For more on Heller and his achievement, you can listen to an interesting NPR interview with Christopher Buckley, a friend of Heller who wrote the introduction to the 50th Anniversary Edition of Catch-22. And for a quick reminder of the novel’s sensibility, watch this excerpt from Mike Nichols’ 1970 film adaptation starring Alan Arkin as Yossarian:

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Royal Society Opens Online Archive; Puts 60,000 Papers Online


Maggie Koerth-Baker of BoingBoing writes:

60,000 peer-reviewed papers, including the first peer-reviewed scientific research journal in the world, are now available free online. The Royal Society has opened its historical archives to the public. Among the cool stuff you’ll find here: Issac Newton’s first published research paper and Ben Franklin’s write-up about that famous kite experiment. Good luck getting anything accomplished today. Or ever again. —

Newton’s telescope appears in the image above…

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Leonard Cohen Gives a Great Speech on How His Love Affair with Music First Began (2011)

Several weeks back, we featured Ladies and Gentlemen… Mr. Leonard Cohen, the 1965 film that documented the life and times of the young poet who hadn’t yet started his legendary songwriting career. Now comes a little postscript. Speaking last Friday at the Prince of Asturias Awards, Mr. Cohen recalls the defining little moment when he shifted towards music and songwriting. He calls it the moment that explains “How I Got My Song,” and it’s all bound up with Spain and tragedy. The 11-minute talk is filled with humility and gratitude in equal parts. You can find a transcript here. H/T Metafilter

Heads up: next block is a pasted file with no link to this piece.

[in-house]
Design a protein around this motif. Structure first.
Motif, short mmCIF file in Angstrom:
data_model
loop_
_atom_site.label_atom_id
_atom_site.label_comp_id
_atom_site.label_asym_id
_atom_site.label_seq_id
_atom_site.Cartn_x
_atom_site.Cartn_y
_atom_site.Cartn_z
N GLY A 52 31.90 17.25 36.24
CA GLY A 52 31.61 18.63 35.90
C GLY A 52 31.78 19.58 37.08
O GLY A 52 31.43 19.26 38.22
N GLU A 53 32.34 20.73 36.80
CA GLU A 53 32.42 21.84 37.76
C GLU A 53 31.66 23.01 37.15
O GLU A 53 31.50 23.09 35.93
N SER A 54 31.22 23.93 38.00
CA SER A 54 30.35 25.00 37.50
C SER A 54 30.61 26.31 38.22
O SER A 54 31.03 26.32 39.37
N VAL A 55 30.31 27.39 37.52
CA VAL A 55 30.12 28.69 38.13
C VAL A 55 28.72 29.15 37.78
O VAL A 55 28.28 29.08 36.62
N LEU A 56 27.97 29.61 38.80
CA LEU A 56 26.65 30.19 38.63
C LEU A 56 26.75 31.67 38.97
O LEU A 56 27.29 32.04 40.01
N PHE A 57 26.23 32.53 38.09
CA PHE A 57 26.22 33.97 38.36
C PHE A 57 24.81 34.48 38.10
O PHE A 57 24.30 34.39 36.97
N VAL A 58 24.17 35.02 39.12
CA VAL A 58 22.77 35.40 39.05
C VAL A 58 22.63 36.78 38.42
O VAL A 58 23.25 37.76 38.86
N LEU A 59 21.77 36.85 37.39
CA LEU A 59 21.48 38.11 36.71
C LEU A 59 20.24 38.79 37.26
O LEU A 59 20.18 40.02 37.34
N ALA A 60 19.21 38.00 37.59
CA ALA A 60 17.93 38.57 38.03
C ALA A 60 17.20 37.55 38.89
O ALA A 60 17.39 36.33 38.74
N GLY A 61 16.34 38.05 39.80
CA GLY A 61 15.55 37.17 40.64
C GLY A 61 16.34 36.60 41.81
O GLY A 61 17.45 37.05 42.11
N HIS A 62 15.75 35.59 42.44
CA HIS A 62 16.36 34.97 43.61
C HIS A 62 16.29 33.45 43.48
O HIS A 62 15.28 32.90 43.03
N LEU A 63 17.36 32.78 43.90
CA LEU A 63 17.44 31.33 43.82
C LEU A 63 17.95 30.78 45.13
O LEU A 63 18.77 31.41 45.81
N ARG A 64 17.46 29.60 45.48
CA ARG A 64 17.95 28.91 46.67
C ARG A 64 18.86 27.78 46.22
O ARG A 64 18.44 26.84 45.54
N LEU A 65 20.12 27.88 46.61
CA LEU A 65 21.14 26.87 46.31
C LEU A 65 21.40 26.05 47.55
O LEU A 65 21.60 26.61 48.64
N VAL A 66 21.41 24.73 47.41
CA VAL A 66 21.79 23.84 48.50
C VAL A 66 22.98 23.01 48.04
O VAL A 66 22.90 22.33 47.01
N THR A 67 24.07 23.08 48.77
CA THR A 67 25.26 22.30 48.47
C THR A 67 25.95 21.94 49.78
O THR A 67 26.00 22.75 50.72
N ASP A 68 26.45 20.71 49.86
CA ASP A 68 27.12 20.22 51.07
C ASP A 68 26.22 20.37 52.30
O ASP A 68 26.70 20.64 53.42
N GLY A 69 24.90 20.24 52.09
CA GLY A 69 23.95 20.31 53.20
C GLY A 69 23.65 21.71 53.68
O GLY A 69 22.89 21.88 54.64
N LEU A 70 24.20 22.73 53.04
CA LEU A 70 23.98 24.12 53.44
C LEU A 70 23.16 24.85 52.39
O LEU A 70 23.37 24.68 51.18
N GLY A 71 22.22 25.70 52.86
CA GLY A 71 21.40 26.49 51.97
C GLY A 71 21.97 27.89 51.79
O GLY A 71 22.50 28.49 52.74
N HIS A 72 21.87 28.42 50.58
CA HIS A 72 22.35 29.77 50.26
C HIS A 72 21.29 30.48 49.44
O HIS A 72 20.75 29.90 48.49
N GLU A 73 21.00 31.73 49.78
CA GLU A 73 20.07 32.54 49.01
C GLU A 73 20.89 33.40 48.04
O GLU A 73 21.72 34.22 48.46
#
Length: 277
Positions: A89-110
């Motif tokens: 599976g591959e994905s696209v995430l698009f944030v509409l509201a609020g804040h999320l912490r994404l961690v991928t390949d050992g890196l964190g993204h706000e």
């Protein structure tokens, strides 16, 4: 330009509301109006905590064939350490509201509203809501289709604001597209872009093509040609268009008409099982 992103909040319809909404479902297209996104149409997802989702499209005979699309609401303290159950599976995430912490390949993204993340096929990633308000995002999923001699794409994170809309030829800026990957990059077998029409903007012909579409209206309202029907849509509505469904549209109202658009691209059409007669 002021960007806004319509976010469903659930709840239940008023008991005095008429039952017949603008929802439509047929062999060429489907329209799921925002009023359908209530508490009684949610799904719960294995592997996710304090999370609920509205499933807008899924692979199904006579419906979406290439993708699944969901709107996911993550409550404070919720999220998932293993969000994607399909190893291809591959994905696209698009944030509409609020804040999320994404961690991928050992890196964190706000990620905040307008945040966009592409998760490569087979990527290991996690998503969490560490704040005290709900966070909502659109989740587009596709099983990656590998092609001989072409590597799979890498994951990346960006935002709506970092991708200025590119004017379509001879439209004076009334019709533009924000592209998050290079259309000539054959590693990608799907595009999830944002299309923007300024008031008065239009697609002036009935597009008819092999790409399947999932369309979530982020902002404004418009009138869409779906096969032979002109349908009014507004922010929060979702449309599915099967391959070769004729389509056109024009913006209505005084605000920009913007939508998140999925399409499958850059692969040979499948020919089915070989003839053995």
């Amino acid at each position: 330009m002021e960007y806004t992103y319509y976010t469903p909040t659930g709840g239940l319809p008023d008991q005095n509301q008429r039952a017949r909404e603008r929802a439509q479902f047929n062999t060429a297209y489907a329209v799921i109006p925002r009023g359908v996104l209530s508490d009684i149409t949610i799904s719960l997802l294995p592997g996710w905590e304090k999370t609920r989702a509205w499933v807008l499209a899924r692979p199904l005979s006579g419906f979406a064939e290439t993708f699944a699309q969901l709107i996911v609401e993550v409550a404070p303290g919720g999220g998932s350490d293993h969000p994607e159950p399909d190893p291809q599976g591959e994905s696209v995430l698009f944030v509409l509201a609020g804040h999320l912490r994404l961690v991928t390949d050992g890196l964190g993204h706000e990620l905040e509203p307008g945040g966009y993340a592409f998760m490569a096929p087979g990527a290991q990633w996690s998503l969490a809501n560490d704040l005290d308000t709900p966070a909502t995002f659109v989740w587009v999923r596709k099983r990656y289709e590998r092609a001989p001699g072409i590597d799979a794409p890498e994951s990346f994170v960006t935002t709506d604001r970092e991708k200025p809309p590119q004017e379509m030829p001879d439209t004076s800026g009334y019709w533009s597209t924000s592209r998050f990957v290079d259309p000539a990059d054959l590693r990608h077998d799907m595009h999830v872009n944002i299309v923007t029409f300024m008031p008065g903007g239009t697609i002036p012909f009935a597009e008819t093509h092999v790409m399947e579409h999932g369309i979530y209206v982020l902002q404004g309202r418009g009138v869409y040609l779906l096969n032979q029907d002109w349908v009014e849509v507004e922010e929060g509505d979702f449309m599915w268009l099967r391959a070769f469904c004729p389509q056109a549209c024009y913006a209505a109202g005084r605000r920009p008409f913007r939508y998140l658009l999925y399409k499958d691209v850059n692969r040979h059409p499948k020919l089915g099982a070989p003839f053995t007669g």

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Norah Jones Sings Bob Dylan’s “Forever Young” in Honor of Steve Jobs (Plus Coldplay’s Performance)

Apple has posted on its web site the celebration of Steve Jobs’ life that it held last Wednesday. And, at least for me, one of the more poignant moments comes when Norah Jones takes the stage (around the 23 minute mark) and sings a moving version of Bob Dylan’s Forever Young (29 minute mark).

Jobs always had a special affection for Dylan’s songwriting. According to Walter Isaacson’s new biography, Jobs and Steve Wozniak bonded over Dylan’s music as young men. “The two of us would go tramping through San Jose and Berkeley and ask about Dylan bootlegs and collect them,” Wozniak recalled. “We’d buy brochures of Dylan lyrics and stay up late interpreting them. Dylan’s words struck chords of creative thinking.”

Later, when Jobs created the famous “Think Different” ad, he made sure that Dylan was among the 17 rebels featured in it. (Watch the never-aired commercial narrated by Jobs himself here.) Apple also helped underwrite the production of Martin Scorsese’s Bob Dylan documentary, No Direction Home. And, even down to his last days, Jobs’ personal iPod was packed with iconic music from the 60s — the Beatles, the Stones and, of course, Bob Dylan too. Enjoy, and for good measure, we’re adding a song from Coldplay’s performance, which comes later in the celebration.